Security officials in France say they are hunting for at least six more members of the Islamic State in Iraq and Syria (ISIS) or Al Qaeda in the Arabian Peninsula (AQAP).
“The threat is still present” from last week’s terror attacks in Paris, French Prime Minister Manuel Valls told BFM television on Wednesday. “The work on these attacks, on these terrorist and barbaric acts continues . . . because we consider that there are most probably some possible accomplices.”
The terrorists were involved in last week’s attacks in Paris and are believed to include a man seen driving a car registered to Hayat Boumedienne, the widow of Amedy Coulibaly, one of the gunmen killed in Friday’s shootout.
Police are searching Paris for the Mini Cooper registered to Boumedienne, according to The Associated Press. She herself is already in Syria, according to reports from Turkish intelligence
French police sources were also quoted as saying the original terror cell was comprised of some 10 members and that “five or six could still be at large.” No names were released. A second police source said there were eight members in the cell, including Boumedienne.
As many as 10,000 military personnel have been deployed across the country to protect various sites, including iconic landmarks, strategic sites and Jewish schools and neighborhoods. Some 4,700 troops are to be assigned to protect the 717 Jewish schools in France, Interior Minister Bernard Cazeneuve said Monday. “A little girl was telling me earlier that she wanted to live in peace and learn in peace in her school,” the interior minister related during a visit to a Paris Jewish class. “That’s what the government, that’s what the Republic, owes to all the children in France: security in all the schools, especially in the schools that could be threatened,” he said.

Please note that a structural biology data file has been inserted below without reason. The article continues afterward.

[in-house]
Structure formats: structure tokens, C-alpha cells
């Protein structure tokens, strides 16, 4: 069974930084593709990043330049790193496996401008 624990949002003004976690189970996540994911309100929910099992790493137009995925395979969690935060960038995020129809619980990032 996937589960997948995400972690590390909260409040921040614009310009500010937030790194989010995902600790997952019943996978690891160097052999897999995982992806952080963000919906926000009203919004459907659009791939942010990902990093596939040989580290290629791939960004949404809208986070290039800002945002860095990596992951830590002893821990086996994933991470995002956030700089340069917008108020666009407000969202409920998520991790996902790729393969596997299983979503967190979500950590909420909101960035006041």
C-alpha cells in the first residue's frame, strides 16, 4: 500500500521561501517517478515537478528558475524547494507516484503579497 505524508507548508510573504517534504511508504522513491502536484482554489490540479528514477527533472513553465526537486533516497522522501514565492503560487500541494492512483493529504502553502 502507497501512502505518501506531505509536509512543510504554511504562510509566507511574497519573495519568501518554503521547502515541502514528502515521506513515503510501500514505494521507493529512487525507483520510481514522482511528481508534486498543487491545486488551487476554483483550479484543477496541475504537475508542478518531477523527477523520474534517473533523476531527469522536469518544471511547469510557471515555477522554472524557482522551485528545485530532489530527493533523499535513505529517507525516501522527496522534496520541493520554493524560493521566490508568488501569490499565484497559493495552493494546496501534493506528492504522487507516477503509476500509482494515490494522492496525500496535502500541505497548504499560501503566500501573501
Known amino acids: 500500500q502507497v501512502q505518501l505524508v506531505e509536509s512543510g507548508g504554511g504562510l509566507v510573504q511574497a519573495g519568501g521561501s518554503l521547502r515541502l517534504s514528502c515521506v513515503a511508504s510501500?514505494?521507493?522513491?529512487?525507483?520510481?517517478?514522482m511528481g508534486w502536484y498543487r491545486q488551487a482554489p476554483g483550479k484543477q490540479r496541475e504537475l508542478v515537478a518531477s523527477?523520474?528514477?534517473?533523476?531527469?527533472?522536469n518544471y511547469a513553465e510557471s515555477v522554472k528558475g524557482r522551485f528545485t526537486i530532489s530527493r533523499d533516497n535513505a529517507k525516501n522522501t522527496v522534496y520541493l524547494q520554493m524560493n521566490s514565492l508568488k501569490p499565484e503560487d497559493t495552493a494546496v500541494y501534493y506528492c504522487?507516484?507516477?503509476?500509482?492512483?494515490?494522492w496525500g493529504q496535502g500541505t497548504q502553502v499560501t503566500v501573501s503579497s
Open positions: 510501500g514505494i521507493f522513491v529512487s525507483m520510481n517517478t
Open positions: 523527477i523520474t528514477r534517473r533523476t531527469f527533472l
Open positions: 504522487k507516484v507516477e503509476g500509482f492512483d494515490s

The move comes in the wake of a three-day rampage of terror that left 17 people dead and more wounded last week, including five Jews. The siege began with an attack on the offices of the Paris office of Charlie Hebdo, a satiric weekly French magazine that has published a number of irreverent caricatures of the prophet Muhammed, the founder of Islam. Also attacked was a kosher grocery, where more than a dozen shoppers were held hostage by Coulibaly, who eventually killed four before he himself was killed in the hours before the start of the Sabbath. Brothers Said and Cherif Kouachi took another hostage in a printing factory across the city until police stormed the building, forcing them to come out with guns blazing and meet their deaths.
The two brothers were members of AQAP and Coulibaly had pledged allegiance to ISIS. But Coulibaly and Cherif Kouachi knew each other from way back; they were served time in prison together in 2005. Cherif was also convicted in 2008 of holding membership in a network that sent jihadis to fight U.S. forces in Iraq. In 2010, Cherif and Coulibaly traveled together with their wives to central France to visit Djamel Beghal, a radical Islamist sentenced to 10 years in prison for terrorist activity. In 2011, Cherif’s brother Said traveled to Yemen to spend time with AQAP leader Anwar al-Awlaki and to train with AQAP terrorists.
A fourth terrorist, Hamid Mourad surrendered to police during a raid just hours after the Charlie Hebdo massacre.